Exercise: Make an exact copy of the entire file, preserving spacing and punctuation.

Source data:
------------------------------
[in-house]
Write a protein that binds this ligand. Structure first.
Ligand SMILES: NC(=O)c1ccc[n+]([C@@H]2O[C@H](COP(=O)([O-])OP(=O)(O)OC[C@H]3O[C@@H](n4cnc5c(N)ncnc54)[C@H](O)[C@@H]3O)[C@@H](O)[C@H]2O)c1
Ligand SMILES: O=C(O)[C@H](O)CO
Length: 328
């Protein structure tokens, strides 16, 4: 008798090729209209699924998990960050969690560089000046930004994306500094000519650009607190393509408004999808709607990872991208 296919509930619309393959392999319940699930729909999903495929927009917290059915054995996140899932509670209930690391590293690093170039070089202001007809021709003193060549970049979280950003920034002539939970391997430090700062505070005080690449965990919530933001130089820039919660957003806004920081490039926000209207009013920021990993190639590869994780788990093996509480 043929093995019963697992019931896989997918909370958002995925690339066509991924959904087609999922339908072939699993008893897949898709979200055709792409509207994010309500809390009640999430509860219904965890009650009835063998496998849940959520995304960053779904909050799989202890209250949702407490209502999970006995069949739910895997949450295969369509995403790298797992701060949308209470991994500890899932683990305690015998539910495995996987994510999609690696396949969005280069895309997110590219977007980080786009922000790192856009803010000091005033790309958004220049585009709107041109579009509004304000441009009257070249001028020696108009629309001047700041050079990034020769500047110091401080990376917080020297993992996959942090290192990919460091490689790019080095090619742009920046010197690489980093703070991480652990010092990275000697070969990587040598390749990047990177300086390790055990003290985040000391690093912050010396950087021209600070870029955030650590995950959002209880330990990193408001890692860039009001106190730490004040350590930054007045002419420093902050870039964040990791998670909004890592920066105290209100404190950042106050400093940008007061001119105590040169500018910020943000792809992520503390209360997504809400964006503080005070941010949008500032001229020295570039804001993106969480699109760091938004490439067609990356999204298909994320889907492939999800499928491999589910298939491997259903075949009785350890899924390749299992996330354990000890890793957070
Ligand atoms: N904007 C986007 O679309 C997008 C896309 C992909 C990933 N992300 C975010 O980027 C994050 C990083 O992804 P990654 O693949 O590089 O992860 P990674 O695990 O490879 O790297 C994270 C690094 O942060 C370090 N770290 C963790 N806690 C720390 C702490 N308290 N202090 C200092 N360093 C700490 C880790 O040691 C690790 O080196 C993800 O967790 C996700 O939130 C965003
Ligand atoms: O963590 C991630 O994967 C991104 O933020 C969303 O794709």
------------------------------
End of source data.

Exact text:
[in-house]
Write a protein that binds this ligand. Structure first.
Ligand SMILES: NC(=O)c1ccc[n+]([C@@H]2O[C@H](COP(=O)([O-])OP(=O)(O)OC[C@H]3O[C@@H](n4cnc5c(N)ncnc54)[C@H](O)[C@@H]3O)[C@@H](O)[C@H]2O)c1
Ligand SMILES: O=C(O)[C@H](O)CO
Length: 328
């Protein structure tokens, strides 16, 4: 008798090729209209699924998990960050969690560089000046930004994306500094000519650009607190393509408004999808709607990872991208 296919509930619309393959392999319940699930729909999903495929927009917290059915054995996140899932509670209930690391590293690093170039070089202001007809021709003193060549970049979280950003920034002539939970391997430090700062505070005080690449965990919530933001130089820039919660957003806004920081490039926000209207009013920021990993190639590869994780788990093996509480 043929093995019963697992019931896989997918909370958002995925690339066509991924959904087609999922339908072939699993008893897949898709979200055709792409509207994010309500809390009640999430509860219904965890009650009835063998496998849940959520995304960053779904909050799989202890209250949702407490209502999970006995069949739910895997949450295969369509995403790298797992701060949308209470991994500890899932683990305690015998539910495995996987994510999609690696396949969005280069895309997110590219977007980080786009922000790192856009803010000091005033790309958004220049585009709107041109579009509004304000441009009257070249001028020696108009629309001047700041050079990034020769500047110091401080990376917080020297993992996959942090290192990919460091490689790019080095090619742009920046010197690489980093703070991480652990010092990275000697070969990587040598390749990047990177300086390790055990003290985040000391690093912050010396950087021209600070870029955030650590995950959002209880330990990193408001890692860039009001106190730490004040350590930054007045002419420093902050870039964040990791998670909004890592920066105290209100404190950042106050400093940008007061001119105590040169500018910020943000792809992520503390209360997504809400964006503080005070941010949008500032001229020295570039804001993106969480699109760091938004490439067609990356999204298909994320889907492939999800499928491999589910298939491997259903075949009785350890899924390749299992996330354990000890890793957070
Ligand atoms: N904007 C986007 O679309 C997008 C896309 C992909 C990933 N992300 C975010 O980027 C994050 C990083 O992804 P990654 O693949 O590089 O992860 P990674 O695990 O490879 O790297 C994270 C690094 O942060 C370090 N770290 C963790 N806690 C720390 C702490 N308290 N202090 C200092 N360093 C700490 C880790 O040691 C690790 O080196 C993800 O967790 C996700 O939130 C965003
Ligand atoms: O963590 C991630 O994967 C991104 O933020 C969303 O794709």